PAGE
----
English for Speakers of Other Languages (ESOL)

 

When designing materials for use by students for whom English is a second or other language, there are additional points to keep in mind.

  • What are the students’ most relevant or immediate ESOL needs?
  • What reading, writing and spoken English communication do they do now, and for what purpose?
  • What would ESOL learners like to be able to do more effectively?
  • Consider levels of literacy and language.
  • Use ‘realia’ – real life materials from students’ everyday lives. These help make the language understandable and connect classes to the real world.
  • Include themes and exercises relevant to the students’ culture. Develop materials that reflect positively the students’ ethnic groups, customs and lifestyles.
  • Develop materials that involve a high level of learner participation and communication.
  • Materials should encourage the development of transferable skills.
  • Audio material should reflect different accents and varieties of English as spoken in Ireland. Make your own by recording radio programmes, or by recording adult literacy students and tutors talking about different subjects.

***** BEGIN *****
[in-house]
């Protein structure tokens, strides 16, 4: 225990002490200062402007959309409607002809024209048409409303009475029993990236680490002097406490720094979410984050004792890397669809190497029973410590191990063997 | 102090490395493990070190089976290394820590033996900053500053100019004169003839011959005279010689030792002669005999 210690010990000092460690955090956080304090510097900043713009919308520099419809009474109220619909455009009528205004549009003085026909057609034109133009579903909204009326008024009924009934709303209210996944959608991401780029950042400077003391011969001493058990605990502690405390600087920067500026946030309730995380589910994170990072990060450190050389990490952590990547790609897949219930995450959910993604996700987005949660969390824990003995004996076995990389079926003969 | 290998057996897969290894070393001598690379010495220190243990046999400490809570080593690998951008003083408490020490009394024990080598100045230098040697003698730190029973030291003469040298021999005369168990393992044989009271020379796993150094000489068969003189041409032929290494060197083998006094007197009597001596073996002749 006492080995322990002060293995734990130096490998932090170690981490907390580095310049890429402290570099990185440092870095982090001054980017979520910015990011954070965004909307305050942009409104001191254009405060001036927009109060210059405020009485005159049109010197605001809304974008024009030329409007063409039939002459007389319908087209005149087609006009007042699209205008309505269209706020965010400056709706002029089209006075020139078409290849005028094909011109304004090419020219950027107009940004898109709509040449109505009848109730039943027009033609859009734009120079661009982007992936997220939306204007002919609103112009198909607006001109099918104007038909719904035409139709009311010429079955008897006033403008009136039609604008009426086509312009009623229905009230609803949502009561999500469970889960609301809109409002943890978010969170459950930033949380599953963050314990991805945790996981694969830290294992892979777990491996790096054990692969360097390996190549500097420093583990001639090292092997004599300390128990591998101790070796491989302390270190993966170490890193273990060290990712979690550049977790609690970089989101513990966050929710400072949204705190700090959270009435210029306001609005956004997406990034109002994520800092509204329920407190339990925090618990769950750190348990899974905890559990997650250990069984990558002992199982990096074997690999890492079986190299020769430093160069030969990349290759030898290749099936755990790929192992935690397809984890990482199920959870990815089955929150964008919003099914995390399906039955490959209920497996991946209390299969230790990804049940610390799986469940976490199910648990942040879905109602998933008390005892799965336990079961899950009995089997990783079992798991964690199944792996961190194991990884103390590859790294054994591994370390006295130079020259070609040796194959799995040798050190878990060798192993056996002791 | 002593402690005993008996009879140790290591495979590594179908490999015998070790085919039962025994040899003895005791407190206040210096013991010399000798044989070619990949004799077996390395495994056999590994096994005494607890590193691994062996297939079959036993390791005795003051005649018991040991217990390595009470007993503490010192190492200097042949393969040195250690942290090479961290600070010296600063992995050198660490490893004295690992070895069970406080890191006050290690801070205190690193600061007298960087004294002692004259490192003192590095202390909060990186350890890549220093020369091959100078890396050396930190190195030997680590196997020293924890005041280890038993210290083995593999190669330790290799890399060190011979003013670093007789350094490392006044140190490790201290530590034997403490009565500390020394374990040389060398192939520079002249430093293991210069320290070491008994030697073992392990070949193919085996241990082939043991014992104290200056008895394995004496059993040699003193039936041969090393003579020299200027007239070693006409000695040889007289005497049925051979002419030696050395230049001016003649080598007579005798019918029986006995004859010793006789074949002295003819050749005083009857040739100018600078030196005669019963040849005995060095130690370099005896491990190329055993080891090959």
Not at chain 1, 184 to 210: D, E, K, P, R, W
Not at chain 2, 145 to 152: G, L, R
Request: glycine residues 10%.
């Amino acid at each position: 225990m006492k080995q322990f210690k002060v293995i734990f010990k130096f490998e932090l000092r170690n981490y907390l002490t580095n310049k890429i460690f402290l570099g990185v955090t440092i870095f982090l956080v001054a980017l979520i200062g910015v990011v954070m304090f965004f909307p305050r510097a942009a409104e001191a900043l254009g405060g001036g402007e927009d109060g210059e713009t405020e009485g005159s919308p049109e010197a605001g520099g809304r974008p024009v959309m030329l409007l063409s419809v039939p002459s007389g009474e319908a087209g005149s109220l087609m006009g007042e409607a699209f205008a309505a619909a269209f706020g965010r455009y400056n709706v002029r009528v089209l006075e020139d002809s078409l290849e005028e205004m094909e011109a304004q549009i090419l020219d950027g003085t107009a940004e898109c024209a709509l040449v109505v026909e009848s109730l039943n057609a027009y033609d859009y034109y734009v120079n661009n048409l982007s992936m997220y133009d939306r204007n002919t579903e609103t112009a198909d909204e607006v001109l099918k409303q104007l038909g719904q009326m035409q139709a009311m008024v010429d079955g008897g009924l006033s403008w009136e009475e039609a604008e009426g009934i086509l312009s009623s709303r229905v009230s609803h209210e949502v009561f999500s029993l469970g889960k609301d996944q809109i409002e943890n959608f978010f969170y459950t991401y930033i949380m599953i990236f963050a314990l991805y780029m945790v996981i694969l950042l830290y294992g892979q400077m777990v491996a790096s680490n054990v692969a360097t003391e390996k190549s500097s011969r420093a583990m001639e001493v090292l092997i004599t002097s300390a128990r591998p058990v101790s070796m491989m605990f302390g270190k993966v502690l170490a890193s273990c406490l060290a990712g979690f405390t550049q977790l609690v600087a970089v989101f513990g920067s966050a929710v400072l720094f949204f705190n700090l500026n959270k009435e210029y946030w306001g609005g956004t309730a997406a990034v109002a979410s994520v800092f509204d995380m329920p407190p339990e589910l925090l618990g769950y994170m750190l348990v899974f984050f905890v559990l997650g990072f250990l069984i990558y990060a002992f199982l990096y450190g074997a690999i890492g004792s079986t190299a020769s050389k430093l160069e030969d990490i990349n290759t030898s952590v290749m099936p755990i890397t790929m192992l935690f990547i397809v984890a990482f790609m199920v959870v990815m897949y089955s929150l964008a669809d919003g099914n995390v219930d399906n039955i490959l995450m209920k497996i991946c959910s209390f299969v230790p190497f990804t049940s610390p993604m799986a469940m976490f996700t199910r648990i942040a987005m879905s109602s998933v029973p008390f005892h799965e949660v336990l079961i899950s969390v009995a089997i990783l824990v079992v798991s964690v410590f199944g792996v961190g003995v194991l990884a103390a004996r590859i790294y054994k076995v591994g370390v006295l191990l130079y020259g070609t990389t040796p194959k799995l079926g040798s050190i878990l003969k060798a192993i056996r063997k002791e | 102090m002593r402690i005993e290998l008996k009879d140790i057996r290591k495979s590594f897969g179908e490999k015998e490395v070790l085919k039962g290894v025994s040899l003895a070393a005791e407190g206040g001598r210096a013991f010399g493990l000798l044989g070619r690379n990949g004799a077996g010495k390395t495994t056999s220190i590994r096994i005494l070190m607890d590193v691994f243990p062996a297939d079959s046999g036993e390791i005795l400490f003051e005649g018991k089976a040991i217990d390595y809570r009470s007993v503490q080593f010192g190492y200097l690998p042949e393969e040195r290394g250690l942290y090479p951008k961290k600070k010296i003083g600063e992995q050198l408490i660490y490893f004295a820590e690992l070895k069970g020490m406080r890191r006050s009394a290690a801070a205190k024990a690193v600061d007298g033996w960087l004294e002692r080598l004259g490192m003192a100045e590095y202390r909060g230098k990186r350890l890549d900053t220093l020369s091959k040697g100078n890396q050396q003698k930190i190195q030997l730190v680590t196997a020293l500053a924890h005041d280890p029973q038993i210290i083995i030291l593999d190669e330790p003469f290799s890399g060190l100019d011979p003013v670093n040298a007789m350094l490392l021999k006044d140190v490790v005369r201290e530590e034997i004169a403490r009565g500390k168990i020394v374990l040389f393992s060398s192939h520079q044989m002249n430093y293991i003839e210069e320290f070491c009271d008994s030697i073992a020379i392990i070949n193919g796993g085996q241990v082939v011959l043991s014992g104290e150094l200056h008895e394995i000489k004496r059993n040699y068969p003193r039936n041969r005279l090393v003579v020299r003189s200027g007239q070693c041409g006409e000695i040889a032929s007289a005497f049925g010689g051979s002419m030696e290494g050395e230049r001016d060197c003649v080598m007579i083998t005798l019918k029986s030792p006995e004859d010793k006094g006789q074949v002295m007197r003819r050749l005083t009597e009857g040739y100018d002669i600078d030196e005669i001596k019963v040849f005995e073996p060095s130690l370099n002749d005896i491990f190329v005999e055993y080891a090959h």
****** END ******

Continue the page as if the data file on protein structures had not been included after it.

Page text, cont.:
Numeracy and ESOL

It’s important to ensure there is a shared understanding of the meaning of words and symbols used in numeracy.

Mathematical concepts are common to many languages and cultures, but they are learned and expressed through particular languages. For example, whereas ‘3 + 3 = 6’ may be widely understood, the English expression ‘three plus three equals six’ is not. Many words used in maths are borrowed from everyday language. These words tend to be ambiguous: they have one meaning in mathematics and another meaning in everyday language. Examples include the words ‘mean’, ‘natural’, ‘power’, ‘difference’ and ‘take away’.

Remember:

  • Different countries have different conventions for writing mathematics. There are conventions around the way we use symbols. For example, in Ireland the sum ‘seven multiplied by four’ is symbolised as 7 x 4. In other countries the same sum would be written as 7.4.
  • The same or similar words may have different meanings in different countries. For example, the American ‘ton’ weight is a different unit of measurement to the European ‘metric tonne’.
  • Languages also differ in how they write numbers greater than a thousand and in how they write decimals. The number ‘twenty thousand five hundred and sixty’ would be written as 20,560 in Ireland but as 20.560 in most non-English speaking countries.
  • Although in Ireland ‘nine point four’ is written as 9.4, in many countries the decimal point is replaced by a comma: 9,4.
  • Another common difference is the method of writing long division. For example, if 14 people are sharing a restaurant bill of €62.60 equally there are a number of ways to write the division:

14)62.60     

62.60)14   

62.60:14